Predictions coming into this year’s fire season tended toward the high end. That hasn’t transpired, so far.
Buist says this season is similar to 2004 – which was a record-high fire season, where about 7 million acres burned – but he doesn’t anticipate a repeat of that season.
“Despite the dire predictions, there’s really no way to accurately come up with what’s gonna happen next week, much less what’s gonna happen next month,” he said.
Buist says it will likely be a busy few weeks for fire crews, but after that, the fire danger should gradually lessen.
“By a month from now, normally we’re into more precipitation, and lightning becomes less and less of a problem,” Buist said.
And he says he has no reason to think that won’t happen again this year.
Until then, there’s plenty of hot, dry weather in the forecast and the Fourth of July is approaching. Buist says Alaskans are typically more fire safe than most.
“We all do lots of camping, lots of fishing, and we have those campfires and know how to take care of them, but in any subset of the population, there is that few percentage points of folks who are not that careful and they’re the ones that cause the problems,” Buist said.
In times of high fire danger, Buist cautions people against using fireworks.
Burn bans are in effect throughout much of the Kenai Peninsula and Southcentral Alaska.
Update: 6:30am, June 17.
About 300 firefighters are on the ground trying to stop the Sockeye Fire, north of Willow, and they have air resources. The fire acreage did not increase Tuesday.
Fire managers are reporting good progress on containing the northern portion.
Tuesday’s storms brought little rain, but did produce lightening strikes to the north, which firefighters attacked aggressively to prevent their growth.
The region is unlikely get much of a break from the weather Wednesday. Scattered dry thunderstorms, low humidity and gusty winds are in the forecast for this afternoon and evening in the Susitna Valley, from Willow to Talkeetna.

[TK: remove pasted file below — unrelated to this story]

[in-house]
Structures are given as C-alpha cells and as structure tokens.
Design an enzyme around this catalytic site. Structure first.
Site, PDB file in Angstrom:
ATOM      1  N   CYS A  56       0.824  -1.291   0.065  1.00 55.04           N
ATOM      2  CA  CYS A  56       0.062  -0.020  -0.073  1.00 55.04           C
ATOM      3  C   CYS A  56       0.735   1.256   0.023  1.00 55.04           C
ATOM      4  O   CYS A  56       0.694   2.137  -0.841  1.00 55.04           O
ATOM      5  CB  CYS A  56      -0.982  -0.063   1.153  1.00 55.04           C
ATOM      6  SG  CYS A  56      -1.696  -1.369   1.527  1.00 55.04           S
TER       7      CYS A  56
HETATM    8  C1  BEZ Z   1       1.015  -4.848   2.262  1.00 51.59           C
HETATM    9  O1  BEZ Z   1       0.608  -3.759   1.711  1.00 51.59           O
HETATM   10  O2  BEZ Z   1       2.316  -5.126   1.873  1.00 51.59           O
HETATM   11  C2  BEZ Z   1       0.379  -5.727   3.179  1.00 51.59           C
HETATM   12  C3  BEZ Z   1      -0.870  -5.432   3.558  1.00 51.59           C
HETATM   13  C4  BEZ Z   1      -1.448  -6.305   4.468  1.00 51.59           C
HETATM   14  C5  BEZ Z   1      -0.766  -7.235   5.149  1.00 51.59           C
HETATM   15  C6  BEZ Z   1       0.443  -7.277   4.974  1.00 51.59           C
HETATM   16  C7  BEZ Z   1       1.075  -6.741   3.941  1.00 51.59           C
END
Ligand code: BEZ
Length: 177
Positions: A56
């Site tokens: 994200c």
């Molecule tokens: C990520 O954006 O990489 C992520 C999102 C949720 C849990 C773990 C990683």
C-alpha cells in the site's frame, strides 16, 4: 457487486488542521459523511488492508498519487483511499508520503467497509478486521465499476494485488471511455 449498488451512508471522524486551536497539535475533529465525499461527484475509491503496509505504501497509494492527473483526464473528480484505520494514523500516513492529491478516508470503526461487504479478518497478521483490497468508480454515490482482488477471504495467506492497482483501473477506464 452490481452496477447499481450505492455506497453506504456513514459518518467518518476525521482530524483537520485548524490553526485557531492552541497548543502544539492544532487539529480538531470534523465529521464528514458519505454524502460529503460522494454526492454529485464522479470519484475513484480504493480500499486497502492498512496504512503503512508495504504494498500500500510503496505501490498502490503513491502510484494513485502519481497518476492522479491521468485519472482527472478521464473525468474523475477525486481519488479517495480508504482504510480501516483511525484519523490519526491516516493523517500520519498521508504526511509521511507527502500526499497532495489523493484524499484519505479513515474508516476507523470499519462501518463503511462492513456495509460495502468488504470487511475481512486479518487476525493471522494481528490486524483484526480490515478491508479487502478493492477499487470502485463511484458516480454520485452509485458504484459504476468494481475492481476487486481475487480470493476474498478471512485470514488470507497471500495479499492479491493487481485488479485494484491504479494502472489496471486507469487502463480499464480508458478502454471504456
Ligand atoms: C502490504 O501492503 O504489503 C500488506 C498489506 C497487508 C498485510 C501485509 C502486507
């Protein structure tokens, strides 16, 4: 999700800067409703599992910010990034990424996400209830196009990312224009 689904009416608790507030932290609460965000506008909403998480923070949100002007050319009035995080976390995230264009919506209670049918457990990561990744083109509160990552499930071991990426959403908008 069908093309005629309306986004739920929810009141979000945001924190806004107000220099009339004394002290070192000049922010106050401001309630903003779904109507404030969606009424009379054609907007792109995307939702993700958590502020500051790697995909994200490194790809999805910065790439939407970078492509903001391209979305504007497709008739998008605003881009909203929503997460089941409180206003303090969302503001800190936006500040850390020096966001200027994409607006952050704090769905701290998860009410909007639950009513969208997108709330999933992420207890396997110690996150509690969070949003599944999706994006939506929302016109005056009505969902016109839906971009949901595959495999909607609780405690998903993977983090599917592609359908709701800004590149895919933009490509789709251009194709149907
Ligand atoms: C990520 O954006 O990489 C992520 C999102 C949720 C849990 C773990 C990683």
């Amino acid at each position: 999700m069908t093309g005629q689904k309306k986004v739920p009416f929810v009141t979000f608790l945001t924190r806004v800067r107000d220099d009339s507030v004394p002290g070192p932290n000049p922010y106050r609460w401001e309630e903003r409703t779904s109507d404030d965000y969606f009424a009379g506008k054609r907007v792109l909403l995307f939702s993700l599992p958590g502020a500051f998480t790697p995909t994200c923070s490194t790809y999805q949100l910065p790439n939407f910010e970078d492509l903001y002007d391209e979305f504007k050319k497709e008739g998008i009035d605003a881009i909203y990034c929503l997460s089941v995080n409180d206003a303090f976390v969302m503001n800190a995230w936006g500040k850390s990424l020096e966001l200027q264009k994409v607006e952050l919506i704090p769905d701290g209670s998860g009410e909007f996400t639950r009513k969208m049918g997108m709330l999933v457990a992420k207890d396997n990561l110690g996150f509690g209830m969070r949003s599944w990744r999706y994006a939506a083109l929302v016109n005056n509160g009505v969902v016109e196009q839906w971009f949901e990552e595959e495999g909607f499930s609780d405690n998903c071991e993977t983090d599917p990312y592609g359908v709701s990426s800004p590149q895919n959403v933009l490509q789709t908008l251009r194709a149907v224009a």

Traffic has been moving through the Parks Highway, led by a pilot car.
Firefighters hope to have containment within a day or so. The Sockeye fire is currently zero percent contained.
Update: 10:30am, June 17.
The Federal Emergency Management Agency is putting federal money behind the effort to fight the Card Street Fire in Sterling on the Kenai Peninsula.
The fire is now five percent contained.
At least 300 people have been evacuated, mostly in the Fueding Lane and Kenai Keys areas. Hundreds of homes are potentially in the path of the fire, many of them primary homes. Three homes have been destroyed so far, ten structures in total. The fire has consumed more than 2,500 acres.
Hot Shot crews arrived Tuesday night and a Type-2 Management Team was expected to take over operations Wednesday afternoon. There are 28 uncontrolled fires within the state which has burned over 70,000 acres to date.
Update: 6:30am, June 17.
Fire crews were kept busy on the central Kenai Peninsula Tuesday night, keeping an eye on the Card Street Fire to prevent it from spreading to homes in the Kenai Keys areas, and attacking two new fires in the Copper Landing area.
Lightning was pegged as the culprit for the new fires, both near Milepost 51 of the Sterling Highway. The Alaska Division and Forestry and the Forest Service initially focused on the fire near Juneau Lake along Resurrection Pass Trail, north of the Sterling Highway.